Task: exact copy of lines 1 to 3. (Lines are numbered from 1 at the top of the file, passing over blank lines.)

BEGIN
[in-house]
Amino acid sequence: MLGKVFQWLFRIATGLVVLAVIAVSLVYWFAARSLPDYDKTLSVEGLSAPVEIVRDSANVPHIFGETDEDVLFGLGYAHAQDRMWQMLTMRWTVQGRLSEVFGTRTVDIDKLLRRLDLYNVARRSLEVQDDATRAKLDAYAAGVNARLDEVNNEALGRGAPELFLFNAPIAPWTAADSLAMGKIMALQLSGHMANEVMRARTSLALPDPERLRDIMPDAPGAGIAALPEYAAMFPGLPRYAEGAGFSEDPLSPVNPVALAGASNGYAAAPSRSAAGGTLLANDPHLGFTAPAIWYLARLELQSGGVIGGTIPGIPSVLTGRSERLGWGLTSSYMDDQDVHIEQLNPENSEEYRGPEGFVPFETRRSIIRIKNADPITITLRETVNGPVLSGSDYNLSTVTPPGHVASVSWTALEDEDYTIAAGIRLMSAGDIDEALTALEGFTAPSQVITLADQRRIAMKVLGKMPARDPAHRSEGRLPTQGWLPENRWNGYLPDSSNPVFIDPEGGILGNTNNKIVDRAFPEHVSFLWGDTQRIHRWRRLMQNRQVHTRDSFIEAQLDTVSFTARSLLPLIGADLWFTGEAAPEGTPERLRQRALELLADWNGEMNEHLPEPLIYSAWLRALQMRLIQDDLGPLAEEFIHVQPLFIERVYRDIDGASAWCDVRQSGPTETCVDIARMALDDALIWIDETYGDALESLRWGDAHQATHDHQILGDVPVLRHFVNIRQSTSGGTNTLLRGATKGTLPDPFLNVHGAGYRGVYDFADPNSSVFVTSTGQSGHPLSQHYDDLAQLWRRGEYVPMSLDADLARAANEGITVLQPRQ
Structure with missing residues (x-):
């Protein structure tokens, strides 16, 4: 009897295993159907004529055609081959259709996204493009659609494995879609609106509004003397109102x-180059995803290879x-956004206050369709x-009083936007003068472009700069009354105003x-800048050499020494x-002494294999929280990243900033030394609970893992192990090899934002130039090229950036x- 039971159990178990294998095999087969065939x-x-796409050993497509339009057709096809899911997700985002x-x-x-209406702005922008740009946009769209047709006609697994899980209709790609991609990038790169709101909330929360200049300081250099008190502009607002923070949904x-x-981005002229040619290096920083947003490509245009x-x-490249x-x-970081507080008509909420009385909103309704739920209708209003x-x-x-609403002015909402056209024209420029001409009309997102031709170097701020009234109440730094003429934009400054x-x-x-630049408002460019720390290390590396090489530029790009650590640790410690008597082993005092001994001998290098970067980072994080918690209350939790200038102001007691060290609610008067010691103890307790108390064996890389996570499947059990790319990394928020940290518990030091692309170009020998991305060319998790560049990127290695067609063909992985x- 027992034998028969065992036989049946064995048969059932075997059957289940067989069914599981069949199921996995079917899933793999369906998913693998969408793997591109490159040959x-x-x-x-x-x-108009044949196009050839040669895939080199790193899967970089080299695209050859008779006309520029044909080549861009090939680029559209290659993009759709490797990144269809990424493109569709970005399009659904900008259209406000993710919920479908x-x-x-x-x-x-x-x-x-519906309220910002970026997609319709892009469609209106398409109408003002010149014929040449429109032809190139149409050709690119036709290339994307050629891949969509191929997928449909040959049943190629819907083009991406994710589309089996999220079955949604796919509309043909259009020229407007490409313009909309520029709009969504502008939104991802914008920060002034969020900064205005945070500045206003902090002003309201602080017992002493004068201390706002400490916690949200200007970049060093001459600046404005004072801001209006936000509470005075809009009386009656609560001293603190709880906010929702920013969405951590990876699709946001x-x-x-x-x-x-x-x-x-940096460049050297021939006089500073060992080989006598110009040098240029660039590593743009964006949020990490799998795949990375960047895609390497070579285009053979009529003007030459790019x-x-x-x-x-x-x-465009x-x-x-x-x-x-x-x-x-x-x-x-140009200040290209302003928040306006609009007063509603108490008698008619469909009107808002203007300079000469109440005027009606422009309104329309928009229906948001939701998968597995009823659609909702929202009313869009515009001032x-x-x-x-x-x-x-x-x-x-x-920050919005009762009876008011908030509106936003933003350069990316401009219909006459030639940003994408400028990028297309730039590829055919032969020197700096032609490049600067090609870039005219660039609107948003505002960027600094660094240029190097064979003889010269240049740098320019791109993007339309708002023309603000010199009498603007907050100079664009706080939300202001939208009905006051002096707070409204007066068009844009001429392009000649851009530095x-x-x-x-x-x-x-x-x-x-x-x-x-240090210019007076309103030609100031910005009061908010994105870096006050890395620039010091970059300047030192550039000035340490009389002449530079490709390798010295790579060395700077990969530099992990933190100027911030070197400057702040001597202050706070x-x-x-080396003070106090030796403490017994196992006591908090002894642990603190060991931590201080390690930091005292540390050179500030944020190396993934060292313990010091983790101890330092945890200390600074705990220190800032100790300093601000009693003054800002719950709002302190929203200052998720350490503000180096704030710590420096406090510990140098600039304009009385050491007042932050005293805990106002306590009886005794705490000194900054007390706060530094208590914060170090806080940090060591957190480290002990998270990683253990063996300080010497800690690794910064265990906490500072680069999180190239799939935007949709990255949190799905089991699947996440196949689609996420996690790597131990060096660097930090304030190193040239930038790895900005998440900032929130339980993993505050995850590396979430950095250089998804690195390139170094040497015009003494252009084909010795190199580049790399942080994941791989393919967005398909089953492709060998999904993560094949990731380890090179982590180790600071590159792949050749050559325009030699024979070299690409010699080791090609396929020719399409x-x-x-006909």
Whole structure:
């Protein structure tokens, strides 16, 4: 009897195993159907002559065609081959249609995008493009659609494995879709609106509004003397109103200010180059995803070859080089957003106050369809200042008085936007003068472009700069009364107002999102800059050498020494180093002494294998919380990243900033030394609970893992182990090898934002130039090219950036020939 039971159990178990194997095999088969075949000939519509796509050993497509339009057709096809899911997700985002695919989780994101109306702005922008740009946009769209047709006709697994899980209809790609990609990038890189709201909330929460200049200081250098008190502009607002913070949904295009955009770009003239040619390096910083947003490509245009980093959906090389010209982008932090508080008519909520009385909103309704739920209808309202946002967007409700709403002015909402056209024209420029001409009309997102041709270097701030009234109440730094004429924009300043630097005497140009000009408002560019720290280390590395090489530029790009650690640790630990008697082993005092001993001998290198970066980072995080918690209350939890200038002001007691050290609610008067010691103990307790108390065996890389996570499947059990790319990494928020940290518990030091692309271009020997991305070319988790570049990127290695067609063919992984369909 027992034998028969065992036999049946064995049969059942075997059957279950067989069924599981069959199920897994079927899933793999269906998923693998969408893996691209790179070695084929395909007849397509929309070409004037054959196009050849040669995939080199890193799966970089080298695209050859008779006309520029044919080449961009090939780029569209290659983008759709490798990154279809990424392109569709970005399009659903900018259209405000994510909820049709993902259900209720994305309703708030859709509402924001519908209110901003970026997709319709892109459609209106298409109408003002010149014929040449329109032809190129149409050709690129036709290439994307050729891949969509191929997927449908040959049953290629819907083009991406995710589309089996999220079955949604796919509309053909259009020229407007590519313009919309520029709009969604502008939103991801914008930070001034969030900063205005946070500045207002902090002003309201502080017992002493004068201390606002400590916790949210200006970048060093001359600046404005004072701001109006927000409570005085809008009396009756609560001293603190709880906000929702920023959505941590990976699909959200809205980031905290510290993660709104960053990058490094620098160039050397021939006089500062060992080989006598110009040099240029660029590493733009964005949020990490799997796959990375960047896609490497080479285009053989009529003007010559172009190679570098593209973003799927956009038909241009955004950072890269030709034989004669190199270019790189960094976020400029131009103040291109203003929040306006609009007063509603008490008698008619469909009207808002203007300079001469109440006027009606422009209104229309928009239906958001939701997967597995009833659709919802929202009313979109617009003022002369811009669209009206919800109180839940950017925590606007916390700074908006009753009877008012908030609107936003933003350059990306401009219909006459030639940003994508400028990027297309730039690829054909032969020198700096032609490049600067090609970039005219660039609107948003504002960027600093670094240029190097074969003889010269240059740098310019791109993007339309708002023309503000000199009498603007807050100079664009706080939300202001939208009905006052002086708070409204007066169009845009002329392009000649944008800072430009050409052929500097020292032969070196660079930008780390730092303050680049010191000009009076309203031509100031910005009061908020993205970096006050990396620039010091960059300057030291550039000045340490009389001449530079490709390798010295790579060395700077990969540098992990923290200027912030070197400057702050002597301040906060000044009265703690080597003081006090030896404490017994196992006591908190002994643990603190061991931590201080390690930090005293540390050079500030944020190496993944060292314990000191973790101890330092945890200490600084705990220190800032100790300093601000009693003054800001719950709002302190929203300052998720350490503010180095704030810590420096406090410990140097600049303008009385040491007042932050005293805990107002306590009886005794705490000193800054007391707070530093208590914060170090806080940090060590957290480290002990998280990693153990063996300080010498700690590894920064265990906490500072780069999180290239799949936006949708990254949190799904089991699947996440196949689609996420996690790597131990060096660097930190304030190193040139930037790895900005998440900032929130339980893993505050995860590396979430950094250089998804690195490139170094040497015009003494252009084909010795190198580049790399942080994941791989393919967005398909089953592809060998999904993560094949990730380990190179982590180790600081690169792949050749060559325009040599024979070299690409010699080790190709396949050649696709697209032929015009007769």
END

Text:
[in-house]
Amino acid sequence: MLGKVFQWLFRIATGLVVLAVIAVSLVYWFAARSLPDYDKTLSVEGLSAPVEIVRDSANVPHIFGETDEDVLFGLGYAHAQDRMWQMLTMRWTVQGRLSEVFGTRTVDIDKLLRRLDLYNVARRSLEVQDDATRAKLDAYAAGVNARLDEVNNEALGRGAPELFLFNAPIAPWTAADSLAMGKIMALQLSGHMANEVMRARTSLALPDPERLRDIMPDAPGAGIAALPEYAAMFPGLPRYAEGAGFSEDPLSPVNPVALAGASNGYAAAPSRSAAGGTLLANDPHLGFTAPAIWYLARLELQSGGVIGGTIPGIPSVLTGRSERLGWGLTSSYMDDQDVHIEQLNPENSEEYRGPEGFVPFETRRSIIRIKNADPITITLRETVNGPVLSGSDYNLSTVTPPGHVASVSWTALEDEDYTIAAGIRLMSAGDIDEALTALEGFTAPSQVITLADQRRIAMKVLGKMPARDPAHRSEGRLPTQGWLPENRWNGYLPDSSNPVFIDPEGGILGNTNNKIVDRAFPEHVSFLWGDTQRIHRWRRLMQNRQVHTRDSFIEAQLDTVSFTARSLLPLIGADLWFTGEAAPEGTPERLRQRALELLADWNGEMNEHLPEPLIYSAWLRALQMRLIQDDLGPLAEEFIHVQPLFIERVYRDIDGASAWCDVRQSGPTETCVDIARMALDDALIWIDETYGDALESLRWGDAHQATHDHQILGDVPVLRHFVNIRQSTSGGTNTLLRGATKGTLPDPFLNVHGAGYRGVYDFADPNSSVFVTSTGQSGHPLSQHYDDLAQLWRRGEYVPMSLDADLARAANEGITVLQPRQ
Structure with missing residues (x-):